A few years back, my husband’s last-remaining grandparent died. We drove four hours to get to an early viewing, and were slated to eat dinner with his family. Friends and church members from the community had graciously bought meals for the family and so the menu was set. This was very kind of them. I’m not a brat and I’d never in a million years make a fuss on the day of a family member’s funeral. But after a seven-hour day I was starving. The options for dinner included fettuccine with chunks of chicken (“can you just pick out the chicken?”) and sandwiches made of lunch meats, mostly salami (“can you just remove the salami?”). Lunch meat is about the most evil type of meat I can think of. It’s cold. And it smells like a rotten cooler. There was also a salad option but I think it had bacon in it.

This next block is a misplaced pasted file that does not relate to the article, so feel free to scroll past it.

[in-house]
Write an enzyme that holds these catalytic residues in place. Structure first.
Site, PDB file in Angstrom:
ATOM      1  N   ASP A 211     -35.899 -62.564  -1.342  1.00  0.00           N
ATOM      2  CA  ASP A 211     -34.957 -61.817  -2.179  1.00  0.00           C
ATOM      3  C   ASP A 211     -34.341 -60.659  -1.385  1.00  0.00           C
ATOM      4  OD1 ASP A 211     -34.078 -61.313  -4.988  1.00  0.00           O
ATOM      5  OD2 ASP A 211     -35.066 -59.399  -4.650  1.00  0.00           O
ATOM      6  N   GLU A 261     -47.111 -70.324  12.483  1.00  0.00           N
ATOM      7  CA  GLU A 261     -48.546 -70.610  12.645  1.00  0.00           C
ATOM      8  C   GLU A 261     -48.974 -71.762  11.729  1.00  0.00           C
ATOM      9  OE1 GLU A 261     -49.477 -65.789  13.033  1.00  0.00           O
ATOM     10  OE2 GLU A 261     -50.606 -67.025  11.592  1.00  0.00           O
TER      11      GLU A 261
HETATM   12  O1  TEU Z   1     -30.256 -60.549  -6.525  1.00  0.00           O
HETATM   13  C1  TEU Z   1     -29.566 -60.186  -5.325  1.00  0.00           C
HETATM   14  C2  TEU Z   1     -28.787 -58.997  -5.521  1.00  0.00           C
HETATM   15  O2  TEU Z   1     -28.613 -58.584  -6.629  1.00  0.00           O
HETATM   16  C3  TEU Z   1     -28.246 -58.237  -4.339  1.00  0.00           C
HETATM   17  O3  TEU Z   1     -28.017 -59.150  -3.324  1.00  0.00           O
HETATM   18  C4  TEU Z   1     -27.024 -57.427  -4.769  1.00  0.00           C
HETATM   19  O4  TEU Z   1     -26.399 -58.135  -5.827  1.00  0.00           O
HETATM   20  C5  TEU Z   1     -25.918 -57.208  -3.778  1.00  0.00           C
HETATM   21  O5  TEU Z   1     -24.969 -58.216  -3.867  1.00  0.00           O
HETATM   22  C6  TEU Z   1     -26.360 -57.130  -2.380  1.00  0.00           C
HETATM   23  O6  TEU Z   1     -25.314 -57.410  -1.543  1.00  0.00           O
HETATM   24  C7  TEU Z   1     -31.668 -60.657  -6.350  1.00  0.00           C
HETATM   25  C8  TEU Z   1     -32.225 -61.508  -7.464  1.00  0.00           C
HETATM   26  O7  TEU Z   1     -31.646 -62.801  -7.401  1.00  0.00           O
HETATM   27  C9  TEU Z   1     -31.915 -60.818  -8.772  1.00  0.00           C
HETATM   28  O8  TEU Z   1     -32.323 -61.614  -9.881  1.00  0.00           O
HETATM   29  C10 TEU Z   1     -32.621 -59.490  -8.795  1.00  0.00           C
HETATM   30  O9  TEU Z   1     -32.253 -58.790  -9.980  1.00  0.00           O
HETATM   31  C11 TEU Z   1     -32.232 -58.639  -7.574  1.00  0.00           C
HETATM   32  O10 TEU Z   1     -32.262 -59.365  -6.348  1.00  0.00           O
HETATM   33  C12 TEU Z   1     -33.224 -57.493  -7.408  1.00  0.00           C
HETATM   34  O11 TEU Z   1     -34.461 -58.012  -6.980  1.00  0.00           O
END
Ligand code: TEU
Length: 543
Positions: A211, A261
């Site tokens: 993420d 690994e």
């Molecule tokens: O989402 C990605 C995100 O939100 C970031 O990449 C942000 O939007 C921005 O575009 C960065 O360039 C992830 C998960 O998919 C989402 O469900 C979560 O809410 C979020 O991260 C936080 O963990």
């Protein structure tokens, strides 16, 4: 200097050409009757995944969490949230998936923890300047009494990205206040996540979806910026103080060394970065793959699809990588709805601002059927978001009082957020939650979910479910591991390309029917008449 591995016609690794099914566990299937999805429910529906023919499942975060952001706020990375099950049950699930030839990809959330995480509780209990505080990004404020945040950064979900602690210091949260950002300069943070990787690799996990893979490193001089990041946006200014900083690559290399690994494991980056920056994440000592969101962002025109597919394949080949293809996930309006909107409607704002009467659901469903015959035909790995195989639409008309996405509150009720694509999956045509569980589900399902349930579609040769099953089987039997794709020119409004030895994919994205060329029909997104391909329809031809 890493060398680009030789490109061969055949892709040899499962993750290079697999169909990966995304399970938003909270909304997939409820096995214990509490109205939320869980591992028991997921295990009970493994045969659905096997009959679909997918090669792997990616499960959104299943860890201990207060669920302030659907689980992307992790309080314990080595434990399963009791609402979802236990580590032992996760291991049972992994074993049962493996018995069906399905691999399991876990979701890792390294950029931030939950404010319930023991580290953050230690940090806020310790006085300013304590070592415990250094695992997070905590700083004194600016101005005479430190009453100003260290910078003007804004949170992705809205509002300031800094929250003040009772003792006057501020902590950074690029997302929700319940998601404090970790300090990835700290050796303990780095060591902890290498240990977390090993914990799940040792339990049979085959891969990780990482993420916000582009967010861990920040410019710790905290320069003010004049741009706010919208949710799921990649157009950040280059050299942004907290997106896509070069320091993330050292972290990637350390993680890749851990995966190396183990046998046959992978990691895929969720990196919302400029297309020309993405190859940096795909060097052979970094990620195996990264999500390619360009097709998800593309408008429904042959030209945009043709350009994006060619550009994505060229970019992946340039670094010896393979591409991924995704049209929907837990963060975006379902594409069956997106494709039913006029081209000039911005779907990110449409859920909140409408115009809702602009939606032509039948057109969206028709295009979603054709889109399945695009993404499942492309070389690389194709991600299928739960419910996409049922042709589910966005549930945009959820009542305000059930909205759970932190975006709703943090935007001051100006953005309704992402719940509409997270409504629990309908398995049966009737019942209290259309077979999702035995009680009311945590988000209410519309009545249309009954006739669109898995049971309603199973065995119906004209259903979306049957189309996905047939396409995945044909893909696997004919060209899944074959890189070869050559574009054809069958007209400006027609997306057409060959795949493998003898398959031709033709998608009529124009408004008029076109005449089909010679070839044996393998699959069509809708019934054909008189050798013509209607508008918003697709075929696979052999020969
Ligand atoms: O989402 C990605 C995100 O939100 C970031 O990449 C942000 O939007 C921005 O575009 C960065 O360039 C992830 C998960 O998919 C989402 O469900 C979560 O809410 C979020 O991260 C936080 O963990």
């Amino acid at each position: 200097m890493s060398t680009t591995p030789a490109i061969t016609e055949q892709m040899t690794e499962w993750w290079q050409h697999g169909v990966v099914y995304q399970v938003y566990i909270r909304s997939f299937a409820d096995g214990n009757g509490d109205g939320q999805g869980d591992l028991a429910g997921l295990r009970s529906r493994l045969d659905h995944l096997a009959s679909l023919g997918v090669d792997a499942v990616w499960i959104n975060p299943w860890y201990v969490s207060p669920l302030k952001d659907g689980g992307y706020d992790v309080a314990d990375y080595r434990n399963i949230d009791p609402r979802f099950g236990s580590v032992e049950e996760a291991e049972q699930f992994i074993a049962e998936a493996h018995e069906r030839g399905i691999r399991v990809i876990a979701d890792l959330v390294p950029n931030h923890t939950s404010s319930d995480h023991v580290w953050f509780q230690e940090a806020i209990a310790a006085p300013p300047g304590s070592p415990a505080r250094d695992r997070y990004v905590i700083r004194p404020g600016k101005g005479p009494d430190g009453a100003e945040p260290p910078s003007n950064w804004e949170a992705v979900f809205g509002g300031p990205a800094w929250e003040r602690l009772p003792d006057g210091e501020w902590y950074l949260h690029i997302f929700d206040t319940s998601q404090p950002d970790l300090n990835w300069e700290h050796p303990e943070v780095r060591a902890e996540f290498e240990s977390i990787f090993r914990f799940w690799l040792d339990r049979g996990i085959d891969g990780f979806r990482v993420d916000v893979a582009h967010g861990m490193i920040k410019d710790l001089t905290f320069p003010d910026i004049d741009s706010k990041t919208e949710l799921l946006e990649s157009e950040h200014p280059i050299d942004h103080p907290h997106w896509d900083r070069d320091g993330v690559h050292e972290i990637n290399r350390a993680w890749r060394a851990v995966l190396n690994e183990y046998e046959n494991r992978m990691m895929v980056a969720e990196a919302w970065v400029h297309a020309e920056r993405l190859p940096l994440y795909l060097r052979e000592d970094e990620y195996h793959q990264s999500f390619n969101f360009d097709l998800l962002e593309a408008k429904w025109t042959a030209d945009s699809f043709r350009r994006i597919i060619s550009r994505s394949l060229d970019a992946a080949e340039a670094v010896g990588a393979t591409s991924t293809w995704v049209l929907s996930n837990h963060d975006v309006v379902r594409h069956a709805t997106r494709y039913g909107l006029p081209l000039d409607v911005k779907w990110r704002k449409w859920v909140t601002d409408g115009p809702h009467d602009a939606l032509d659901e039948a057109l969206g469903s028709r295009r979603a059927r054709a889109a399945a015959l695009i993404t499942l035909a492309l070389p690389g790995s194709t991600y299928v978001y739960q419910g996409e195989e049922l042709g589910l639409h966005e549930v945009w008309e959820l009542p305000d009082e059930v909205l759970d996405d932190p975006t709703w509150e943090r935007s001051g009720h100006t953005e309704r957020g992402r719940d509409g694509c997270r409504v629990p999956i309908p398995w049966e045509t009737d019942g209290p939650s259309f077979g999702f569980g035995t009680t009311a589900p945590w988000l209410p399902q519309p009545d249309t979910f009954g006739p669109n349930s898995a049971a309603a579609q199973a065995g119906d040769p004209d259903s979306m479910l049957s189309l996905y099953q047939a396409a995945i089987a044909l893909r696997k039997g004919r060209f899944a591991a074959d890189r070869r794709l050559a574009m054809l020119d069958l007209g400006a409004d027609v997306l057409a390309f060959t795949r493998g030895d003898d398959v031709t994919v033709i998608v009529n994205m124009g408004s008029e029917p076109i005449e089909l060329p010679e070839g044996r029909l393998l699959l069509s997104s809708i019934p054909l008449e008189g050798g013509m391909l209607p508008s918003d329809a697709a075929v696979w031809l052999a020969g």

And what’s with always using the word “just” — as if it’s a trivial request? Can you just pick out the minuscule ground beef from the lasagna? How about just one bite of Thanksgiving turkey? (My dad seems to think that descriptive facts about the meat will convert me: “This chicken has lots of herbs on it,” “The lamb has been cooking for eight hours.”)
Can you just eat plain noodles since we have no meatless sauce? No. No, no, and no.
I will not eat bread and lettuce soaked in lunch meat juice. I will not let you label me as picky or high maintenance. Chances are you are pickier than me; there’s not a single other food item on the planet—other than meat—that I dislike. I will not tolerate bacon in my salad. Stop pretending like it’s pre-made that way or next time I’ll put cat hair in the salad I serve you.
Jamie Davies O’Leary is a yoga-instructor in training and also the co-creator of yogaServe, a yoga service group in Columbus, Ohio. She teaches workers affected by “vicarious trauma” domestic violence victims. She believes she is an old soul with many past lives as her passions are innumerable (and often unrelated): public education, anti-poverty initiatives, eastern religion, Tara Brach’s teachings, beer, art, music, vegetarianism, and interior design. She feels lucky to have found the path of yoga after a lifetime of being entirely too stuck in her head.